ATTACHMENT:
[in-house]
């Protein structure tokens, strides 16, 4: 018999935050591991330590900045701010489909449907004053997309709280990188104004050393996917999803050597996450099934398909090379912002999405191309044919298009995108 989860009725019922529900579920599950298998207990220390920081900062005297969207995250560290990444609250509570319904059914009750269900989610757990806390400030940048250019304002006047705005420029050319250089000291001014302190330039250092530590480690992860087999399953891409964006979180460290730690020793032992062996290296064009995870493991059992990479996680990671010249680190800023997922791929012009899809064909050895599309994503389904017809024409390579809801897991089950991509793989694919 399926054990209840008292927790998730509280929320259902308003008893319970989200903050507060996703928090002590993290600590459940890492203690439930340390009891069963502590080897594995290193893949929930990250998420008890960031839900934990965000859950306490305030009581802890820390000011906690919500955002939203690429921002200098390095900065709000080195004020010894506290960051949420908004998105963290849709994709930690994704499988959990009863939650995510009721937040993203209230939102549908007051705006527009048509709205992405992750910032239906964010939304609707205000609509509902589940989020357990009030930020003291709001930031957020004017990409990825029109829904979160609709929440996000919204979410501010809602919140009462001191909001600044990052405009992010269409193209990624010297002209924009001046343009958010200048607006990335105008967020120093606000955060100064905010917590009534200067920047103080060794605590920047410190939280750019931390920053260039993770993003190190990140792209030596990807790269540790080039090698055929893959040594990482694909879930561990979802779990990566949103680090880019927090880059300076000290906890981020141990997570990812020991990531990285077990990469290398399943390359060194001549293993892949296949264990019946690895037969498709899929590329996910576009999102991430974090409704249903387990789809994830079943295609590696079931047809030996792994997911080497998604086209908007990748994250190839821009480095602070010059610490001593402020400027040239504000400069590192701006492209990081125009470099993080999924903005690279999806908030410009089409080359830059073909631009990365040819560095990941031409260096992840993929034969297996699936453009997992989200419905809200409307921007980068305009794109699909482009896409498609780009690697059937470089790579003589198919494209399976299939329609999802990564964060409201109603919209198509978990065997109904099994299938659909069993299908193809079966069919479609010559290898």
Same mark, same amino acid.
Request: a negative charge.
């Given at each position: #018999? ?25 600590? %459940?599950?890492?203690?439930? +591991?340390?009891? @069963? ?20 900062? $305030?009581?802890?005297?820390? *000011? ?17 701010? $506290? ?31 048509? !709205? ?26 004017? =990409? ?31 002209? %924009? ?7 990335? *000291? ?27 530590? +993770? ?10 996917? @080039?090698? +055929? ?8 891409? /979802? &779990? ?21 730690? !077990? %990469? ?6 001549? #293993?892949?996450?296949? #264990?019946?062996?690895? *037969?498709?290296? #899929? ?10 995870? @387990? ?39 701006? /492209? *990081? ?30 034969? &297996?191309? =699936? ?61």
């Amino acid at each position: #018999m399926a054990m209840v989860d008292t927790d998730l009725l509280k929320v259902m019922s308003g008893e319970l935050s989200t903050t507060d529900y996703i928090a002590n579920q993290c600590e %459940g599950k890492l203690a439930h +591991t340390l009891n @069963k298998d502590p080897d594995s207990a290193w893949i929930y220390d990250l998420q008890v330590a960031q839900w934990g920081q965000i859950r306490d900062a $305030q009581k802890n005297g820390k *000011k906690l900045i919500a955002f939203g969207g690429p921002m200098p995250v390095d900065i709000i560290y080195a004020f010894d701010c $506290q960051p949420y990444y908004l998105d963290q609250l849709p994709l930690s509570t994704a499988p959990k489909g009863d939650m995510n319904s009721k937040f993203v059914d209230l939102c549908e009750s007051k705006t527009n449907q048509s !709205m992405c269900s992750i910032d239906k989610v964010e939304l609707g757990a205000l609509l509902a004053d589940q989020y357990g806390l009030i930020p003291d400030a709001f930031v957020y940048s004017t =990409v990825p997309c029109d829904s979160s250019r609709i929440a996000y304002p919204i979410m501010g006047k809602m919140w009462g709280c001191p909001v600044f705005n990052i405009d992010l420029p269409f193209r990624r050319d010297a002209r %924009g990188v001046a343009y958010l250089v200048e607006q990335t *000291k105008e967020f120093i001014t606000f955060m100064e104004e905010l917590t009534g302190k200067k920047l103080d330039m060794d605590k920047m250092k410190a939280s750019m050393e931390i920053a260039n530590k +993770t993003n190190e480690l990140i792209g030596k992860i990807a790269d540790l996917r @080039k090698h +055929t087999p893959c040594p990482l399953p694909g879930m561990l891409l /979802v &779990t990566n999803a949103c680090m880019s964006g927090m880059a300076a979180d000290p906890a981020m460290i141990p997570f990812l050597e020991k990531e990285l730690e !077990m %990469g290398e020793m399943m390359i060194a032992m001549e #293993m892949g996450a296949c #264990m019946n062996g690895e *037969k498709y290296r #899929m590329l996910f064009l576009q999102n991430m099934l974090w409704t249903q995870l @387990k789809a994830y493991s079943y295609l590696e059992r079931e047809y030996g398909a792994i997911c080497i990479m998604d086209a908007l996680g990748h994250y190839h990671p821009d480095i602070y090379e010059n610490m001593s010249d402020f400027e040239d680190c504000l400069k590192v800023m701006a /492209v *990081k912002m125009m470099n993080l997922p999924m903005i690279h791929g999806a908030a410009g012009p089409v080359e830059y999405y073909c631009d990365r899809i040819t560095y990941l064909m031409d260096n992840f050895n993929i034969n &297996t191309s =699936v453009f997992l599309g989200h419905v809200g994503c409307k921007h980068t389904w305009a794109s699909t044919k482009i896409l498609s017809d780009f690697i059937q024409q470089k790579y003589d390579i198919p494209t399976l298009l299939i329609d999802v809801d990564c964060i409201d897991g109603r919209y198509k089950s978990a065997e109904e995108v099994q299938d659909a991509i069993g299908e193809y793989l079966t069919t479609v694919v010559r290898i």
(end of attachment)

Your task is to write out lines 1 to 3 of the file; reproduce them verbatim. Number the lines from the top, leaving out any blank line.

[in-house]
């Protein structure tokens, strides 16, 4: 018999935050591991330590900045701010489909449907004053997309709280990188104004050393996917999803050597996450099934398909090379912002999405191309044919298009995108 989860009725019922529900579920599950298998207990220390920081900062005297969207995250560290990444609250509570319904059914009750269900989610757990806390400030940048250019304002006047705005420029050319250089000291001014302190330039250092530590480690992860087999399953891409964006979180460290730690020793032992062996290296064009995870493991059992990479996680990671010249680190800023997922791929012009899809064909050895599309994503389904017809024409390579809801897991089950991509793989694919 399926054990209840008292927790998730509280929320259902308003008893319970989200903050507060996703928090002590993290600590459940890492203690439930340390009891069963502590080897594995290193893949929930990250998420008890960031839900934990965000859950306490305030009581802890820390000011906690919500955002939203690429921002200098390095900065709000080195004020010894506290960051949420908004998105963290849709994709930690994704499988959990009863939650995510009721937040993203209230939102549908007051705006527009048509709205992405992750910032239906964010939304609707205000609509509902589940989020357990009030930020003291709001930031957020004017990409990825029109829904979160609709929440996000919204979410501010809602919140009462001191909001600044990052405009992010269409193209990624010297002209924009001046343009958010200048607006990335105008967020120093606000955060100064905010917590009534200067920047103080060794605590920047410190939280750019931390920053260039993770993003190190990140792209030596990807790269540790080039090698055929893959040594990482694909879930561990979802779990990566949103680090880019927090880059300076000290906890981020141990997570990812020991990531990285077990990469290398399943390359060194001549293993892949296949264990019946690895037969498709899929590329996910576009999102991430974090409704249903387990789809994830079943295609590696079931047809030996792994997911080497998604086209908007990748994250190839821009480095602070010059610490001593402020400027040239504000400069590192701006492209990081125009470099993080999924903005690279999806908030410009089409080359830059073909631009990365040819560095990941031409260096992840993929034969297996699936453009997992989200419905809200409307921007980068305009794109699909482009896409498609780009690697059937470089790579003589198919494209399976299939329609999802990564964060409201109603919209198509978990065997109904099994299938659909069993299908193809079966069919479609010559290898």
Same mark, same amino acid.